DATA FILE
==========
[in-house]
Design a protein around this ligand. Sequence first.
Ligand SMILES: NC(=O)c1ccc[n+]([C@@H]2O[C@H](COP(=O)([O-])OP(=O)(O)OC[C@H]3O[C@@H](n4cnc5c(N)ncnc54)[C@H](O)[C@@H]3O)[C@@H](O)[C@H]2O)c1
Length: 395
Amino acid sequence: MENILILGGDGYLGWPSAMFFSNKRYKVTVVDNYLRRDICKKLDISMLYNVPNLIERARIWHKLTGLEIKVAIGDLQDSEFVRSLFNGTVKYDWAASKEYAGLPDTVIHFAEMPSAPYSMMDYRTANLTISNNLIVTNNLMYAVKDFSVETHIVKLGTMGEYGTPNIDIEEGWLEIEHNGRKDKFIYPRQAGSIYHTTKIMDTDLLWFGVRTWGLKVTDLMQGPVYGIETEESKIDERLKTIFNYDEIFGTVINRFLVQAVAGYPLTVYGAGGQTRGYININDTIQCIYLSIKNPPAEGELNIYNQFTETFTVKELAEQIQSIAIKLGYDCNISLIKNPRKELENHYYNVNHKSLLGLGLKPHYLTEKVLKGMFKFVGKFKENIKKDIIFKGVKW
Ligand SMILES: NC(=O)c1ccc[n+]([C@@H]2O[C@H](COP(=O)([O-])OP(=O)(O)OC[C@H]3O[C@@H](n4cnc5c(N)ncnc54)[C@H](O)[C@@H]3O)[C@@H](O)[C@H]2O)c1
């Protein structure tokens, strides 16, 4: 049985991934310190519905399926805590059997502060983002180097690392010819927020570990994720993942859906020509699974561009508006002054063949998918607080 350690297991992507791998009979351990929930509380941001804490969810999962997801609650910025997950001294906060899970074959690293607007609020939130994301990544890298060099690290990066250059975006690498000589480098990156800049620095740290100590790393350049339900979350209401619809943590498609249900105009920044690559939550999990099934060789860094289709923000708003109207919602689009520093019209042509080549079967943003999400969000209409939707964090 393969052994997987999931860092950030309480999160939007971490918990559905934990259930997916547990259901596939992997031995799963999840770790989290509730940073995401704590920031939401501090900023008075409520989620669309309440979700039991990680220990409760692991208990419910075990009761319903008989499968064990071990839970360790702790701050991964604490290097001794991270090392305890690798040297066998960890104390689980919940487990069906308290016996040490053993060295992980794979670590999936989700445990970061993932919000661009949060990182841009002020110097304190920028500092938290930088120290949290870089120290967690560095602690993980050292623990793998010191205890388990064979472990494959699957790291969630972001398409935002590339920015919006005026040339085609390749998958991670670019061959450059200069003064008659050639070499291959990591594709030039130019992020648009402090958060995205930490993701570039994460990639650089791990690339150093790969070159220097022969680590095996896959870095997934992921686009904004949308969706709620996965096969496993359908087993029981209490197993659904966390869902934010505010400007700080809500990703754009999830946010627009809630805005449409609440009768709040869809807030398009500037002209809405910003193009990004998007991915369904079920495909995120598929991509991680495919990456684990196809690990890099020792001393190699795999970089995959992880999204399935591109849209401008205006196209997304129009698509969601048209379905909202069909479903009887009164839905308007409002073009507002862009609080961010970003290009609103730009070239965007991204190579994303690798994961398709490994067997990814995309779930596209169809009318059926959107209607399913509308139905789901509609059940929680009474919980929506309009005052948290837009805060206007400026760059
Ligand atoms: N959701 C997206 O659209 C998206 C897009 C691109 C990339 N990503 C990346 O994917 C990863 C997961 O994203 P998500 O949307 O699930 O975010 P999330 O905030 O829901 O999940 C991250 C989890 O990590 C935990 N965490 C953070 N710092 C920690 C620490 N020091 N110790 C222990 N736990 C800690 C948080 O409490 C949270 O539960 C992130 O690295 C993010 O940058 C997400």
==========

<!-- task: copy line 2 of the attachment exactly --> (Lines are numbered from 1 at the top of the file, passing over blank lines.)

Design a protein around this ligand. Sequence first.